Swedish Ambassador: EU stands ready to engage with Turkey, Putin tried denying Ukrainians a democratic future

Swedish Ambassador to Greece Johan Borgstam

Swedish Ambassador to Greece E. Johan Borgstam stated that “We hope that the final number of arrivals will be close to the 800,000 recorded in 2019,” in an interview with AMNA when discussing tourism.

When asked  at the Delphi Forum, which takes place from April 6 to April 9, what is the state of relations between Greece and Sweden, as well as the prospects for further deepening their cooperation, he said that “Greece and Sweden enjoy a friendly and stable relationship.”

“Political, cultural, and business links are strong and evolving further,” he added.

Regarding the investment interest on behalf of Sweden for Greece and in which sectors, the ambassador replied: “The Hellenic-Swedish Business Chamber is the sixth largest business chamber in Greece.”

“A chapter of the chamber in Stockholm was inaugurated in 2021. This reflects the strong interest in the Greek market from Swedish business. Companies such as Atlas-Copco, INTRUM, Ericsson, H&M, ABB, SKF, Volvo, IKEA, Electrolux – to name but a few – run substantial operations in Greece,” he continued.

In May this year, the Hellenic-Swedish Chamber of Commerce, together with the Embassy, will organise the 7th edition of the “Business Forum Greece-Sweden” in Athens.

The theme of the forum is “Climate Action”.

Swedish companies are impressed with Greece’s ambitious plan for green transition within the Recovery and Resilience Framework and are thanks to their know-how and cutting-edge technology well positioned to contribute.”

As for his estimates and indications for this year’s arrivals of Swedish tourists in Greece, he said that he hoped that the final number of arrivals will be close to the 800,000 recorded in 2019.

Asked what the Russian invasion on Ukraine mean for Sweden, he said: “The Russian Federation’s brutal and unprovoked aggression against Ukraine is characterised by indiscriminate violence against civilians. It has shattered peace in Europe.”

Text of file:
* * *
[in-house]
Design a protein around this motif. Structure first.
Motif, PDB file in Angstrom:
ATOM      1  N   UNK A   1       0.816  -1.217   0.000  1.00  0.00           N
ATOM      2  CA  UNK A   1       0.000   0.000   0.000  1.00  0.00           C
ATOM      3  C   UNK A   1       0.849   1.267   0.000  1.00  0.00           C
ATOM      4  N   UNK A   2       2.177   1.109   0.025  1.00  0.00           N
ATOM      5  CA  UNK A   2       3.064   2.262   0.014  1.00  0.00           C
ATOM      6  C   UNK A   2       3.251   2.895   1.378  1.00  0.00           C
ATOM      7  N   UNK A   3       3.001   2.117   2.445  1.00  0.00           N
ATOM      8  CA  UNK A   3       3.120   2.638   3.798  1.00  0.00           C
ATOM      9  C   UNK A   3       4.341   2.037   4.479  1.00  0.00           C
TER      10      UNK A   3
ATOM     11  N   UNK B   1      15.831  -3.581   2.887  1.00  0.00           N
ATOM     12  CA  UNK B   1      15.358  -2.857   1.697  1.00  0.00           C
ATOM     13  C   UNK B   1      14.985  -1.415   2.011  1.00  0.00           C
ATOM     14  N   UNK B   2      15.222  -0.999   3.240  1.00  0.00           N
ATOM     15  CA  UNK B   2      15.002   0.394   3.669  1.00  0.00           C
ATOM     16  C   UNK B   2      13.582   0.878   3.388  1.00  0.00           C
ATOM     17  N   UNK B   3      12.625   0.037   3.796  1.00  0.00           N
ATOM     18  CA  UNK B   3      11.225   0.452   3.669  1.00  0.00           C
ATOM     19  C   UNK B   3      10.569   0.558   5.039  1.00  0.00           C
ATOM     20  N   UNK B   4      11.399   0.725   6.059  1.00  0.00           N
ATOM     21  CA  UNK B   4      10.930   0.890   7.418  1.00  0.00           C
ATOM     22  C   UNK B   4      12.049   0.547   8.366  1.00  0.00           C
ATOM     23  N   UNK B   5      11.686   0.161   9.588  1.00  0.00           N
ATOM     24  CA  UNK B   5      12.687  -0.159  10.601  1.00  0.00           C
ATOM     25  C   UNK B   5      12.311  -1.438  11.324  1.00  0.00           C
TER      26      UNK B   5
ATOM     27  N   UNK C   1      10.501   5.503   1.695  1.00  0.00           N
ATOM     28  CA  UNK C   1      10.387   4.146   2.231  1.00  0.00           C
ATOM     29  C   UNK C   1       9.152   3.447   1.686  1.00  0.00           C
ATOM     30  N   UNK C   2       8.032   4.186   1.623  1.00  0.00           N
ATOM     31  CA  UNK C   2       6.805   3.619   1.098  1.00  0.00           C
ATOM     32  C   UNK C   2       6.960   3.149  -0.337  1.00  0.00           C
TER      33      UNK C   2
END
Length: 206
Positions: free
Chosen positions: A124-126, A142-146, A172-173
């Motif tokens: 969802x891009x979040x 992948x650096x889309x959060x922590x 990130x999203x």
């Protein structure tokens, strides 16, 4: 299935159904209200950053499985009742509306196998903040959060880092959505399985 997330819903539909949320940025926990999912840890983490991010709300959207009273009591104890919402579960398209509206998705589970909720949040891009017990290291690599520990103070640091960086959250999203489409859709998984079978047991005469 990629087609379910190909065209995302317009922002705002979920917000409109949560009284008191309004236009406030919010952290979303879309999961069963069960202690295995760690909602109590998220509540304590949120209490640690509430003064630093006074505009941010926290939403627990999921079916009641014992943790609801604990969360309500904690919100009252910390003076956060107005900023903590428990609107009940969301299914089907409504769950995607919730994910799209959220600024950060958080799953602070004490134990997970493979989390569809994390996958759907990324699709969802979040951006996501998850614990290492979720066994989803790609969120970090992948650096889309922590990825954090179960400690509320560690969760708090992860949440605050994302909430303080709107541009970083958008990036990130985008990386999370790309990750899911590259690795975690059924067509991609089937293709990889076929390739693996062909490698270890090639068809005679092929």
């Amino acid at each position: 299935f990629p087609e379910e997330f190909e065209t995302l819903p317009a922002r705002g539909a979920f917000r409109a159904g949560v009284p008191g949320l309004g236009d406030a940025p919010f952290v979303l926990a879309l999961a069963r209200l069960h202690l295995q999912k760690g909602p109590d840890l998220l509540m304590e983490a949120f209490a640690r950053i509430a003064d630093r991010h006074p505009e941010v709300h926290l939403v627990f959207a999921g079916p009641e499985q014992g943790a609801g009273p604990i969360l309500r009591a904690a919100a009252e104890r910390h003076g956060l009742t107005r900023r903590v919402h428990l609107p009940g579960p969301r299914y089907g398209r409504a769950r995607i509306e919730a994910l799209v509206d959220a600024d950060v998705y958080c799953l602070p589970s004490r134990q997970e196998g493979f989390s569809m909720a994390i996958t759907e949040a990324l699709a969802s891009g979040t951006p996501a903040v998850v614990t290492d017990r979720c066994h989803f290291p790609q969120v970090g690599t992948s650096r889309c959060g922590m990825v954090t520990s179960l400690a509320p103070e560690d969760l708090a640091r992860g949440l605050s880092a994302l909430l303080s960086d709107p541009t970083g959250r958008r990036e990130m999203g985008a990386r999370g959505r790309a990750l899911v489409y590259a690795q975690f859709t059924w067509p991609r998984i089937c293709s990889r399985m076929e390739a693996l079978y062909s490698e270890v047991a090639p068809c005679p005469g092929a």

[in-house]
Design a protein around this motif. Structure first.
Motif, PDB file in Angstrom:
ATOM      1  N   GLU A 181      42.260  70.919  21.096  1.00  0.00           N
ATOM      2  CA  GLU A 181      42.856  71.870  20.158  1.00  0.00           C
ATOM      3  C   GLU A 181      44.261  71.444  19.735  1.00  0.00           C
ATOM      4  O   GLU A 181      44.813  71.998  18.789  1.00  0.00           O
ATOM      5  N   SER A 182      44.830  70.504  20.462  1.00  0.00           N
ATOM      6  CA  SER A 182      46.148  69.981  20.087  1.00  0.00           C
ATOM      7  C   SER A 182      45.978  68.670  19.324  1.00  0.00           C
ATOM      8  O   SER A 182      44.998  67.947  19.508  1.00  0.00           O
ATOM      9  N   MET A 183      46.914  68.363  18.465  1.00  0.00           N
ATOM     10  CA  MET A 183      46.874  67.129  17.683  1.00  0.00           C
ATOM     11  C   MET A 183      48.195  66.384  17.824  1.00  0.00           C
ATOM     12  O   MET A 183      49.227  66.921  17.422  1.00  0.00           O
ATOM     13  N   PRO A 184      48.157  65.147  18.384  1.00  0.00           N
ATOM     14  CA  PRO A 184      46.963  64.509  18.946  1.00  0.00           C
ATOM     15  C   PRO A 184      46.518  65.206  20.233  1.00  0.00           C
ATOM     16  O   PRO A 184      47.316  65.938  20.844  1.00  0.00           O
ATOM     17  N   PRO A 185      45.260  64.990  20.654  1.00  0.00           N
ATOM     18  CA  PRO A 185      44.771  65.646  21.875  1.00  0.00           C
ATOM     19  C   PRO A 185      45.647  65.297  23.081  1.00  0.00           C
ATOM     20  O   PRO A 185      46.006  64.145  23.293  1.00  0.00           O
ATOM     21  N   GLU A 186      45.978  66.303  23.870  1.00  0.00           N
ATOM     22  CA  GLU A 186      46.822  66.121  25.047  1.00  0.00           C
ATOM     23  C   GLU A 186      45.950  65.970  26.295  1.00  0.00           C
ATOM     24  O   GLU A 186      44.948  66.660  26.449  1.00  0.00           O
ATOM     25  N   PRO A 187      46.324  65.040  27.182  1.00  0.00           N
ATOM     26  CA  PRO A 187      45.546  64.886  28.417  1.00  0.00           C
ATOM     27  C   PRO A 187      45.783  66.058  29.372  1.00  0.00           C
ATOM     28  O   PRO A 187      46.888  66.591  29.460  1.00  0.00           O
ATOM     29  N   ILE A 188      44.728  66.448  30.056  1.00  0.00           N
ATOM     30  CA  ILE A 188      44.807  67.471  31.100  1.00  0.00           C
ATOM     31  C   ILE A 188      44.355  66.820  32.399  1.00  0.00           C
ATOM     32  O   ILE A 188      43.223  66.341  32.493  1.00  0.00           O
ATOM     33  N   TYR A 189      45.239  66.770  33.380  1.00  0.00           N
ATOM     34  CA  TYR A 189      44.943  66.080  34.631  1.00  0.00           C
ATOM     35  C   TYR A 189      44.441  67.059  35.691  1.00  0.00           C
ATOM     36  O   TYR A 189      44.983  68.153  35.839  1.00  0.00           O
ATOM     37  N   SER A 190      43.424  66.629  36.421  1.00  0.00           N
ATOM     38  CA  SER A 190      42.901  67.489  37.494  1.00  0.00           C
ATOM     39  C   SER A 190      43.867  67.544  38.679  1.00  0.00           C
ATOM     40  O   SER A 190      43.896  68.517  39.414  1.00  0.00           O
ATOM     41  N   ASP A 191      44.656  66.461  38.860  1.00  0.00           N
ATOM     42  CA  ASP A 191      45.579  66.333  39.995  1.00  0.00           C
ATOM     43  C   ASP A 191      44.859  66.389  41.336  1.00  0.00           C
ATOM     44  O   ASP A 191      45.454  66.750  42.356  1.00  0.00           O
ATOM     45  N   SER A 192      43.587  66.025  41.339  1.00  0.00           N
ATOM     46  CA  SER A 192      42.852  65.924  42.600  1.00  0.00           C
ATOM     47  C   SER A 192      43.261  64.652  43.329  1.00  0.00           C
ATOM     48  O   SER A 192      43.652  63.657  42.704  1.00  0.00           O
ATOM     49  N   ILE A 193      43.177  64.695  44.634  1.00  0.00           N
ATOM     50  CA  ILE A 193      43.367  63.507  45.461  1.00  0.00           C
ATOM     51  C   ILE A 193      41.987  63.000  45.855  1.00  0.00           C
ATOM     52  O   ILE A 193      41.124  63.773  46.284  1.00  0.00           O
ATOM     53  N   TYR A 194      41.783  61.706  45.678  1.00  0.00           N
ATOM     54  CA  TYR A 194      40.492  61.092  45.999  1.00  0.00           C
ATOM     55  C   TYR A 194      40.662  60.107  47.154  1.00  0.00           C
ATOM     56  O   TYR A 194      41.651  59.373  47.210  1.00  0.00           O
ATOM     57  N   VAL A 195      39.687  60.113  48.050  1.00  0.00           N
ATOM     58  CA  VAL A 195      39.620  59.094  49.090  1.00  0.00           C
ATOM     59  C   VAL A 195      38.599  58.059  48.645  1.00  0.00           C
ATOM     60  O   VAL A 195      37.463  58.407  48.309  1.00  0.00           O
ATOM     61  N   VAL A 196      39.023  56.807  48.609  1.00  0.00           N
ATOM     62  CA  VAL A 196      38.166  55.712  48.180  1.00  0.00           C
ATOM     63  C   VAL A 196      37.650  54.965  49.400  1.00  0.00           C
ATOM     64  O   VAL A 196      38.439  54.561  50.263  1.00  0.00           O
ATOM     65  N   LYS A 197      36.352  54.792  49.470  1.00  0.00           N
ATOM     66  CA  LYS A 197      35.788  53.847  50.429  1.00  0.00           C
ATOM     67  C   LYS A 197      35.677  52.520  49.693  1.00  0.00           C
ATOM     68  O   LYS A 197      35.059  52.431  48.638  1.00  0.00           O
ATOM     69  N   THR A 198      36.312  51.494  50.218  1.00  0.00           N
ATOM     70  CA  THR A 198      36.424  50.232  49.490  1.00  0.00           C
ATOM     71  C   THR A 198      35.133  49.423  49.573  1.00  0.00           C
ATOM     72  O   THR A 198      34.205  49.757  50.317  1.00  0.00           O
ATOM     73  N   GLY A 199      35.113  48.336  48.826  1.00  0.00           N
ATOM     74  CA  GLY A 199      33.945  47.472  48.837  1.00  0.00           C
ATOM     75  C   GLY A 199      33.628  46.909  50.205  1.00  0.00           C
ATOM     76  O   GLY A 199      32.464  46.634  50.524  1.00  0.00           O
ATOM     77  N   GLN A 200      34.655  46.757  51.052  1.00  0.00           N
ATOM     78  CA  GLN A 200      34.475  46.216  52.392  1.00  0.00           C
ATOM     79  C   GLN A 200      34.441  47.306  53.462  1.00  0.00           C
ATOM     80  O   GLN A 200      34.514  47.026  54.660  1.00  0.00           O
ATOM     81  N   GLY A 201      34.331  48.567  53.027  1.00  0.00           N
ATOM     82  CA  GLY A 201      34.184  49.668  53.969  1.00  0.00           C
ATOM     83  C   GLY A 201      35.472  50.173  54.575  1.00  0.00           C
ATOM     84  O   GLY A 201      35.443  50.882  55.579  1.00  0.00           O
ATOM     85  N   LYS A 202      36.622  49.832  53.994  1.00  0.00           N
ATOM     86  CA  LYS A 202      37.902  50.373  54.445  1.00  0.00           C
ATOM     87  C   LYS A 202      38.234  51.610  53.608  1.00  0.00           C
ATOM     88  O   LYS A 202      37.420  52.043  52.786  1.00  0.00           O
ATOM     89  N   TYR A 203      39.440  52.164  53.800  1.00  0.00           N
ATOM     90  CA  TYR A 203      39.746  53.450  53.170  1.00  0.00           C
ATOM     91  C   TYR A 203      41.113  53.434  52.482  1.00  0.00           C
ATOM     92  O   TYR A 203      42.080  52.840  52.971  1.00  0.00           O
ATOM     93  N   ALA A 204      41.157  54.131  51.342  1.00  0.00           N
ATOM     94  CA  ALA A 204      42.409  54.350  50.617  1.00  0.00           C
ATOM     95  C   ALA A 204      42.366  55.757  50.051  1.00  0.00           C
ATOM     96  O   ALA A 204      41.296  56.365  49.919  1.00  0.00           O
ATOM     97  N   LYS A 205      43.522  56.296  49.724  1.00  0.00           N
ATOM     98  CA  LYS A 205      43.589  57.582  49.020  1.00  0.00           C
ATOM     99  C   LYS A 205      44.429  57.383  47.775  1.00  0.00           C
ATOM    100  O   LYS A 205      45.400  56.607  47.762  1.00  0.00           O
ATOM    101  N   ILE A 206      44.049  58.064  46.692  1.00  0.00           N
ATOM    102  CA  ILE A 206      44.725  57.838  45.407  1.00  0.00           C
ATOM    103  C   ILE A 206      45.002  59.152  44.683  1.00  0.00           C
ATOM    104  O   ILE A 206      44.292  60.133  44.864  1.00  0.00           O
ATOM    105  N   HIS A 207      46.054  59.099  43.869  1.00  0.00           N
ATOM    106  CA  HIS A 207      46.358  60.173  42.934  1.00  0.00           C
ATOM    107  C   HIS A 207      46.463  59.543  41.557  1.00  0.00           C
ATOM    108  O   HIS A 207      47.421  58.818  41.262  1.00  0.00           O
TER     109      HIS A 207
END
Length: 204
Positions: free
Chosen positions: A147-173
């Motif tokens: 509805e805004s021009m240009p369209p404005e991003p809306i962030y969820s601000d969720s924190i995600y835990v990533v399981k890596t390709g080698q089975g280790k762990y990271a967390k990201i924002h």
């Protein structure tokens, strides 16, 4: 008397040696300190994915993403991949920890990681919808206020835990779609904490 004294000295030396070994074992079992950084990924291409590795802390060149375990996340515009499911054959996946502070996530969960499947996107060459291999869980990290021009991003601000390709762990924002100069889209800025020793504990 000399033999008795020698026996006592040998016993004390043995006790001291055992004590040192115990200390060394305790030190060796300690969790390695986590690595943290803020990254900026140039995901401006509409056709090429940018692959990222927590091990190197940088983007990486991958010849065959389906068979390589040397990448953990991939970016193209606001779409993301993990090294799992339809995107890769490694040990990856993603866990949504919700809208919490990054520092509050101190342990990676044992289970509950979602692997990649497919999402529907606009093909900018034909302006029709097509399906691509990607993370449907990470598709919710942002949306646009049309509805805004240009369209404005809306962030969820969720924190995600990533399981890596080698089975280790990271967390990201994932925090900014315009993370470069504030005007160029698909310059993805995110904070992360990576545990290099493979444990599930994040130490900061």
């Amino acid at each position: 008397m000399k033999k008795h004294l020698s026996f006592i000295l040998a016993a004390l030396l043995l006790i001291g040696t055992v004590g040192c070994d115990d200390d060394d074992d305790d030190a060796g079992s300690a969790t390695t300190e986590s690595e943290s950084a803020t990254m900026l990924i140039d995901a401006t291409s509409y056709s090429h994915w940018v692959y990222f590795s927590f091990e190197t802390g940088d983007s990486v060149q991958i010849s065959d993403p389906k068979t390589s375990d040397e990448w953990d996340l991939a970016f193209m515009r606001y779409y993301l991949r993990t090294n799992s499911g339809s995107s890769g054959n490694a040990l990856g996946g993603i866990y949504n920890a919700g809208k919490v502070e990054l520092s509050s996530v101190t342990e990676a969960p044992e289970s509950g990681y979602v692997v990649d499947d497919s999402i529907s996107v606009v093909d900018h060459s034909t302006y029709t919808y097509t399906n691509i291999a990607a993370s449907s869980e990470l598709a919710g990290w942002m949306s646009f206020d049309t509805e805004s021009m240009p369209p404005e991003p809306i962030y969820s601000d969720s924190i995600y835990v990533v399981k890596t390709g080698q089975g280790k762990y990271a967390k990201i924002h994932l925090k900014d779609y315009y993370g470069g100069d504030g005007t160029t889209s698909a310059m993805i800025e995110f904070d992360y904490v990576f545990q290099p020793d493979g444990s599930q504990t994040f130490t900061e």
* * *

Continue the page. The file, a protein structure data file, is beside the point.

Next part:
“President Putin tries to deny the Ukrainian people a free and democratic future. Our position is clear: The European security order is not negotiable.

“Standing up for Ukraine’s sovereignty and territorial integrity is essential for the security of Europe as a whole.”

When asked if Sweden willing to join NATO within the coming years, the ambassador said: “Ukraine, like Sweden and all other States, has the right to make its own security policy choices. These are fundamental aspects of international law and the European security order”

“All states have a duty to respect each other’s sovereignty,” he added.

Regarding the emerging challenges to security and stability in the EU and if the development of a common European defense can be the answer, he said:

“The prevailing security situation around the world underscores the need for a strong EU that contributes to the promotion of peace and security in both Europe and globally.

“Sweden takes part in EU military training missions in Mali, Somalia and the Central African Republic. The approval 22 March by the EU defense and foreign affairs ministers of the EU Strategic Compass was crucial.

“The Strategic Compass will strengthen EU security and defense cooperation with partners. It sets the direction for the next few years and that is important, particularly in light of Russia’s unprovoked aggression against Ukraine.”

Regarding the EU-Turkey relations and Turkish challenges against Greece, he said:

“Sweden supports the conclusions adopted last year by the European Council in which the EU’s strategic interest in a stable and secure environment in the Eastern Mediterranean and in the development of a cooperative and mutually beneficial relationship with Turkey was emphasised.

“De-escalation in the Eastern Mediterranean is of key importance.

“As was noted at the time, the EU stands ready to engage with Turkey in a phased, proportionate, and reversible manner to enhance cooperation in a number of areas of common interest, subject to the established conditionalities set out previously.”

READ MORE: WORLD WAR II: The Forgotten History Of Sweden’s Aid to Greece.